But in some cases, other algorithms, such as the iterative algorithm, maybe the best solution due to higher efficiency and fewer function calls. For example, in many computational and algorithmic problems, the iterative algorithm is the best solution. Therefore, to choose the best algorithm to solve a problem, one should pay attention to the nature of the problem and how to implement the algorithm and compare the computational complexity of both algorithms.

## An example of a problem where the iterative algorithm has provided the best solution

One of the examples for which the iterative algorithm is usually the best solution is calculating the power of a number.

To calculate the power of a number, you can use the iterative algorithm that multiplies the number by itself at each step, reduces the power by one, and repeats this process until the power becomes zero. This algorithm is as follows:

def power(x, n):

result = 1

while n > 0:

if n % 2 == 1:

result *= x

x *= x

n //= 2

return result

This iterative algorithm has the least number of function calls and is significantly faster than the **recursive algorithm** for prominent exponents. **Of course, in some cases, the recursive algorithm** may also work well. Still, in general, the iterative algorithm is the best solution for calculating powers of numbers due to its faster speed and fewer function calls.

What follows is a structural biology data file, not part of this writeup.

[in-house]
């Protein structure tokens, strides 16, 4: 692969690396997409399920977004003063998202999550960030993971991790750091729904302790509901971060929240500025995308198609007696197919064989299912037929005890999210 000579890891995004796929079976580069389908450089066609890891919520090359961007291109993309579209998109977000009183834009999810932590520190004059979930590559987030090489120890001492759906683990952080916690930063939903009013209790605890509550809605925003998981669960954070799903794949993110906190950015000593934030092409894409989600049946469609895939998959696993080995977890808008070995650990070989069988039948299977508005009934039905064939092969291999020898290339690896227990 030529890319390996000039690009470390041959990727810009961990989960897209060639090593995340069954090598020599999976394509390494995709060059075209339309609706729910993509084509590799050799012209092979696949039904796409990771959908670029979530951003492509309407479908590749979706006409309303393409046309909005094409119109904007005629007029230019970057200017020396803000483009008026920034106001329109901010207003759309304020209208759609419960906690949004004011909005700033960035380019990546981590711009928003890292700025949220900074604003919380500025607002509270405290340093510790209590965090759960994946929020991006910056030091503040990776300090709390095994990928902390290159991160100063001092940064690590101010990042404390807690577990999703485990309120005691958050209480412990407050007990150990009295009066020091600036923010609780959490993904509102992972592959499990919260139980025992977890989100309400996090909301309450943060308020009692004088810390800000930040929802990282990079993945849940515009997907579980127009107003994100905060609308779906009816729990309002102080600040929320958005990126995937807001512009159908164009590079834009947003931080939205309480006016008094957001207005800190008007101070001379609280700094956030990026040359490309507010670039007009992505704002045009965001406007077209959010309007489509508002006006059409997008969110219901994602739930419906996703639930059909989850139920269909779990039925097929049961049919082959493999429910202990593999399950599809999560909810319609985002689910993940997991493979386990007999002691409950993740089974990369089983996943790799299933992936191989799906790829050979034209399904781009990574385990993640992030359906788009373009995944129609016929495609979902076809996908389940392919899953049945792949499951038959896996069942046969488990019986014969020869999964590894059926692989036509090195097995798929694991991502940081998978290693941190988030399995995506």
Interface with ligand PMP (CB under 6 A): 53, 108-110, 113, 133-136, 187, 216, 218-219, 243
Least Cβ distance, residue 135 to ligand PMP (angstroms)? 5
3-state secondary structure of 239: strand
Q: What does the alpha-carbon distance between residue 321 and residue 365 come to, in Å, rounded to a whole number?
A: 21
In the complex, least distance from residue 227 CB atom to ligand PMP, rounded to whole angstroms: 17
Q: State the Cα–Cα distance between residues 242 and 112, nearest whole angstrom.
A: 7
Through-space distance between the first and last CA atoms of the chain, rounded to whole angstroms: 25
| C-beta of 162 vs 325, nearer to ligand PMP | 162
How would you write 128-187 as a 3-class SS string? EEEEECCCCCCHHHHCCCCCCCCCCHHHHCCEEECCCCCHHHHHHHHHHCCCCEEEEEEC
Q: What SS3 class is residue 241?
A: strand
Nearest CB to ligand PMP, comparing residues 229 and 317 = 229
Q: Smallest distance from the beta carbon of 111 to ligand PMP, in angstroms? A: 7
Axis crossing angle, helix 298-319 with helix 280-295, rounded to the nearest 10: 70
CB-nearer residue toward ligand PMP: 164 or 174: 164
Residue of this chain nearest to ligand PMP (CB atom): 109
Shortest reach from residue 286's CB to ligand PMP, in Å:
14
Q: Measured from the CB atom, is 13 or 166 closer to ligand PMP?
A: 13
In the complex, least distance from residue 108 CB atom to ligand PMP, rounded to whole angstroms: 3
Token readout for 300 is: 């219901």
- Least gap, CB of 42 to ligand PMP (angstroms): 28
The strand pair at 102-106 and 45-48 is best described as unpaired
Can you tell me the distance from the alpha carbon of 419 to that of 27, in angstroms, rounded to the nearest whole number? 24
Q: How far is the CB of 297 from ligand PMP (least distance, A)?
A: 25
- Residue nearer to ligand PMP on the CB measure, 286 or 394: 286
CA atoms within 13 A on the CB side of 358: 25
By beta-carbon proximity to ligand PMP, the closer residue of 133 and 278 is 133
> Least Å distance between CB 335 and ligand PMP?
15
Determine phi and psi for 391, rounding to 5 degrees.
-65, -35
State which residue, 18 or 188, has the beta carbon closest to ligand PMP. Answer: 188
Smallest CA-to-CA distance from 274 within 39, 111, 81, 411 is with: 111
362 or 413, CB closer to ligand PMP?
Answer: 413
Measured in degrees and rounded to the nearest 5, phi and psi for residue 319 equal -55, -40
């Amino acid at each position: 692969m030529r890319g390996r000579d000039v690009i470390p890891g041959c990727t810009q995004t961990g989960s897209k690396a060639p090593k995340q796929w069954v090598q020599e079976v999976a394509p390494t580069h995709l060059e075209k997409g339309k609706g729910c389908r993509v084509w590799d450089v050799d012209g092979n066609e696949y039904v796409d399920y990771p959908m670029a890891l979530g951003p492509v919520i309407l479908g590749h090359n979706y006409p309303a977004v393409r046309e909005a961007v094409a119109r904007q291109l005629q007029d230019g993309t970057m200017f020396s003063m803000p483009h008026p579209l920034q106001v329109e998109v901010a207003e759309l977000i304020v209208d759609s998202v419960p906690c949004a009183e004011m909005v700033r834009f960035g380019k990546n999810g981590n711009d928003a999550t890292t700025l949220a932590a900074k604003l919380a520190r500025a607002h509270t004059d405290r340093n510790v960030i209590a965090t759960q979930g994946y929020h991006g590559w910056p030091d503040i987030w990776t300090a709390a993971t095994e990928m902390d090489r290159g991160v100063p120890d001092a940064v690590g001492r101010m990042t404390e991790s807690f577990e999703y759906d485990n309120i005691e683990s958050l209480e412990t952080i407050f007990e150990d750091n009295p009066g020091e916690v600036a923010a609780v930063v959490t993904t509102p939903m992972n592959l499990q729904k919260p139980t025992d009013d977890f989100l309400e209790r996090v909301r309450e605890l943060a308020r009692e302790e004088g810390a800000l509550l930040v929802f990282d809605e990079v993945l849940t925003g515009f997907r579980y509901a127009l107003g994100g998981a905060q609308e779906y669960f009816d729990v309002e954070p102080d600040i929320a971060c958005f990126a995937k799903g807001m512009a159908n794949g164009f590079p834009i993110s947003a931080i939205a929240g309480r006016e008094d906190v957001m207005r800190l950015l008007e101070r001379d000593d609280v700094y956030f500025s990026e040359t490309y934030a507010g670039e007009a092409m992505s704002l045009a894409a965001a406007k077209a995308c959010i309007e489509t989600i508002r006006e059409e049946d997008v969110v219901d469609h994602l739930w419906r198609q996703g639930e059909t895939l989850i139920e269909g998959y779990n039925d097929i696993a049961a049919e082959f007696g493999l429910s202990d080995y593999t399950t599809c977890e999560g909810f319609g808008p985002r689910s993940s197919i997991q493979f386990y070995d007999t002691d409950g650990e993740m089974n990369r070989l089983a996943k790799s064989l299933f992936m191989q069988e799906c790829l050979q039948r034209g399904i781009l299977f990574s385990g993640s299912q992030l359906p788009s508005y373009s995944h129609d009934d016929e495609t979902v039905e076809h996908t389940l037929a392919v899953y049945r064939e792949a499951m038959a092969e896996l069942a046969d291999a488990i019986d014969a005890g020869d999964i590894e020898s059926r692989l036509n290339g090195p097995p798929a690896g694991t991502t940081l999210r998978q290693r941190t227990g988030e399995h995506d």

## Is the computational complexity of a recursive algorithm consistently higher than other algorithms?

No, the computational complexity **of the recursive algorithm** is not always higher than other algorithms. In some cases, the recursive algorithm can make programming more accessible and readable; in others, it can be more efficient than different algorithms.

For example, the recursive algorithm can be implemented naturally and readably in some computational problems, such as calculating the Fibonacci number. Of course, limitations, such as the memory limit and the number of function calls, may affect this issue.

On the other hand, in some computational problems, such as sorting, different algorithms, such as iterative algorithms, work more efficiently and with less computational complexity than the **recursive algorithm.**

Therefore, to choose the best algorithm to solve a problem, one should pay attention to the nature of the problem and how to implement the algorithm and compare the computational complexity of both algorithms.

## What is the use of a recursive algorithm?

**The recursive algorithm** can solve a series of problems. This algorithm is used in many issues as a problem-solving algorithm based on repetition. Some applications of the recursive algorithm are:

- Mathematical calculations: problems such as power calculation, factorial calculation, Fibonacci number calculation, etc., are solved using a
**recursive algorithm.** - Natural language processing: In natural language processing, we may need to find a pattern in a string.
**Recursive algorithms**can be helpful in this field. - Simulation and computer games: In simulation and computer games, recursive algorithms are often needed to simulate movements and calculate their positions.